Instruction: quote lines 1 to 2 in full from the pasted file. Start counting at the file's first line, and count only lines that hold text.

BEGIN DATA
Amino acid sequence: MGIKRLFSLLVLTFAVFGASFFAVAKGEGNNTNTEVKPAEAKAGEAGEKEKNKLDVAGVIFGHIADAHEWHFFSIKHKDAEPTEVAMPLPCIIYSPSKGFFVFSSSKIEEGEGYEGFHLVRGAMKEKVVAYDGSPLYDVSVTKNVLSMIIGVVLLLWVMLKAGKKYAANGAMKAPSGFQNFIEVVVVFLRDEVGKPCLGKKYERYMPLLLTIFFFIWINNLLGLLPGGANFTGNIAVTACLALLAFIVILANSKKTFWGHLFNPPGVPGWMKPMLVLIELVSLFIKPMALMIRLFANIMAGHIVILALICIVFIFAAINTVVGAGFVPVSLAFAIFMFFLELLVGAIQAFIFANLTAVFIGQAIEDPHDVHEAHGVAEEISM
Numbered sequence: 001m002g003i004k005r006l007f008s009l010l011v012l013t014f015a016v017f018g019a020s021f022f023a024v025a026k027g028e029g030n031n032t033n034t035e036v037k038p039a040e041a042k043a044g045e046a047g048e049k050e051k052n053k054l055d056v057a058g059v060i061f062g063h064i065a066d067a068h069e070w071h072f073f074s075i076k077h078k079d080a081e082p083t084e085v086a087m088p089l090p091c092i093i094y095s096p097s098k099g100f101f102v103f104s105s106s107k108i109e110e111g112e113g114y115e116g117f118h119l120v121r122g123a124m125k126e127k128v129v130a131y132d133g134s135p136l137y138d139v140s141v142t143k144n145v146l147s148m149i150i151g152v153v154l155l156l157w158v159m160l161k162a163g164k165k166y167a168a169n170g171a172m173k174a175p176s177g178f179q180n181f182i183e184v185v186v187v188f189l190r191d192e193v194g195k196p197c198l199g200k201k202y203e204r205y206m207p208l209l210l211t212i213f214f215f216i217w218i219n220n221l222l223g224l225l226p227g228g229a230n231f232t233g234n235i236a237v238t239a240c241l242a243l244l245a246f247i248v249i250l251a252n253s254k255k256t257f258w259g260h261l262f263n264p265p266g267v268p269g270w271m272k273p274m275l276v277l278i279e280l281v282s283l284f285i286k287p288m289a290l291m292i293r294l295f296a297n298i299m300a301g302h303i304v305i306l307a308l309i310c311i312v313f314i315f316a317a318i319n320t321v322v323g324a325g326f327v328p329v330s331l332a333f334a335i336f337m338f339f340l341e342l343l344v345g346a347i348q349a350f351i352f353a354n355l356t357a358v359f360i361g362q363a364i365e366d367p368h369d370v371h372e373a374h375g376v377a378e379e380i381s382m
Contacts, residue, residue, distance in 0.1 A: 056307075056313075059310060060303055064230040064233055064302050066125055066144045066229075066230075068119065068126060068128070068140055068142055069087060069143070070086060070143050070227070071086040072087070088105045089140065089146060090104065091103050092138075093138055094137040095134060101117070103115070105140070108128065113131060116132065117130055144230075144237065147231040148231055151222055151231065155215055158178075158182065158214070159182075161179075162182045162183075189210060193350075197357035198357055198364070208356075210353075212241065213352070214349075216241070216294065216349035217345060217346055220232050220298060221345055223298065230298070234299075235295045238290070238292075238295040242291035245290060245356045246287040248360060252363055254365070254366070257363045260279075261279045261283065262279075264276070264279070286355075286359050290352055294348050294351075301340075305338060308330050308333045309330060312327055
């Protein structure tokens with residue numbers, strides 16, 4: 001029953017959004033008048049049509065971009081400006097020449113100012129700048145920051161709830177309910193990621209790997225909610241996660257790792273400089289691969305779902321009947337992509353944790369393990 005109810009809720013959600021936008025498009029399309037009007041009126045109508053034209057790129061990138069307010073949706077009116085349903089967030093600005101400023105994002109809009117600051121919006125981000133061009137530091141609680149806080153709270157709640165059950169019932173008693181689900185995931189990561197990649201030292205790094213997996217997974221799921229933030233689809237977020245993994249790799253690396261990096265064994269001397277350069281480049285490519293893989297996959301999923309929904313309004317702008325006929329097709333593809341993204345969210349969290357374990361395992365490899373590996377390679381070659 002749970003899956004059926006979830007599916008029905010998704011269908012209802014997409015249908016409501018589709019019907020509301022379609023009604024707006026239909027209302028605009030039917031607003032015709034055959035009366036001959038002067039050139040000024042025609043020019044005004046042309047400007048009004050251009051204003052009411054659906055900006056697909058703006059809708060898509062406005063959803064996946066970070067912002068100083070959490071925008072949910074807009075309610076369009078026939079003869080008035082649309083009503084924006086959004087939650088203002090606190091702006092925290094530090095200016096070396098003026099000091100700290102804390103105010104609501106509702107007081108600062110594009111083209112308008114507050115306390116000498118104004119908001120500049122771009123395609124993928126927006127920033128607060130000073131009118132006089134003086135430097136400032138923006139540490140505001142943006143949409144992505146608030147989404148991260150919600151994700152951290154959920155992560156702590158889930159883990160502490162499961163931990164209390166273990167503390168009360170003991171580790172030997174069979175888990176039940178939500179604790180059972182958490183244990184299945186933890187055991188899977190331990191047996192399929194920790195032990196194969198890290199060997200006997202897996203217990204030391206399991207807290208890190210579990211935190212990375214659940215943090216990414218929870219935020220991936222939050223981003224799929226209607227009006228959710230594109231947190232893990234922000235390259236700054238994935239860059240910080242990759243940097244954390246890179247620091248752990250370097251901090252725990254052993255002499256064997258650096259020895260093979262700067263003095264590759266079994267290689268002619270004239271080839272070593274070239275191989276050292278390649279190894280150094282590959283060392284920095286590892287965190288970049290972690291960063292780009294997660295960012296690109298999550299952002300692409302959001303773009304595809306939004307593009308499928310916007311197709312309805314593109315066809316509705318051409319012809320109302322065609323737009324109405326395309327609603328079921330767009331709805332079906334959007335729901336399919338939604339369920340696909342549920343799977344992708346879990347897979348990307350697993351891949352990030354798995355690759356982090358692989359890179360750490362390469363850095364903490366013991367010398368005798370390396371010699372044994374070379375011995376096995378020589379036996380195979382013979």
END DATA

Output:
Amino acid sequence: MGIKRLFSLLVLTFAVFGASFFAVAKGEGNNTNTEVKPAEAKAGEAGEKEKNKLDVAGVIFGHIADAHEWHFFSIKHKDAEPTEVAMPLPCIIYSPSKGFFVFSSSKIEEGEGYEGFHLVRGAMKEKVVAYDGSPLYDVSVTKNVLSMIIGVVLLLWVMLKAGKKYAANGAMKAPSGFQNFIEVVVVFLRDEVGKPCLGKKYERYMPLLLTIFFFIWINNLLGLLPGGANFTGNIAVTACLALLAFIVILANSKKTFWGHLFNPPGVPGWMKPMLVLIELVSLFIKPMALMIRLFANIMAGHIVILALICIVFIFAAINTVVGAGFVPVSLAFAIFMFFLELLVGAIQAFIFANLTAVFIGQAIEDPHDVHEAHGVAEEISM
Numbered sequence: 001m002g003i004k005r006l007f008s009l010l011v012l013t014f015a016v017f018g019a020s021f022f023a024v025a026k027g028e029g030n031n032t033n034t035e036v037k038p039a040e041a042k043a044g045e046a047g048e049k050e051k052n053k054l055d056v057a058g059v060i061f062g063h064i065a066d067a068h069e070w071h072f073f074s075i076k077h078k079d080a081e082p083t084e085v086a087m088p089l090p091c092i093i094y095s096p097s098k099g100f101f102v103f104s105s106s107k108i109e110e111g112e113g114y115e116g117f118h119l120v121r122g123a124m125k126e127k128v129v130a131y132d133g134s135p136l137y138d139v140s141v142t143k144n145v146l147s148m149i150i151g152v153v154l155l156l157w158v159m160l161k162a163g164k165k166y167a168a169n170g171a172m173k174a175p176s177g178f179q180n181f182i183e184v185v186v187v188f189l190r191d192e193v194g195k196p197c198l199g200k201k202y203e204r205y206m207p208l209l210l211t212i213f214f215f216i217w218i219n220n221l222l223g224l225l226p227g228g229a230n231f232t233g234n235i236a237v238t239a240c241l242a243l244l245a246f247i248v249i250l251a252n253s254k255k256t257f258w259g260h261l262f263n264p265p266g267v268p269g270w271m272k273p274m275l276v277l278i279e280l281v282s283l284f285i286k287p288m289a290l291m292i293r294l295f296a297n298i299m300a301g302h303i304v305i306l307a308l309i310c311i312v313f314i315f316a317a318i319n320t321v322v323g324a325g326f327v328p329v330s331l332a333f334a335i336f337m338f339f340l341e342l343l344v345g346a347i348q349a350f351i352f353a354n355l356t357a358v359f360i361g362q363a364i365e366d367p368h369d370v371h372e373a374h375g376v377a378e379e380i381s382m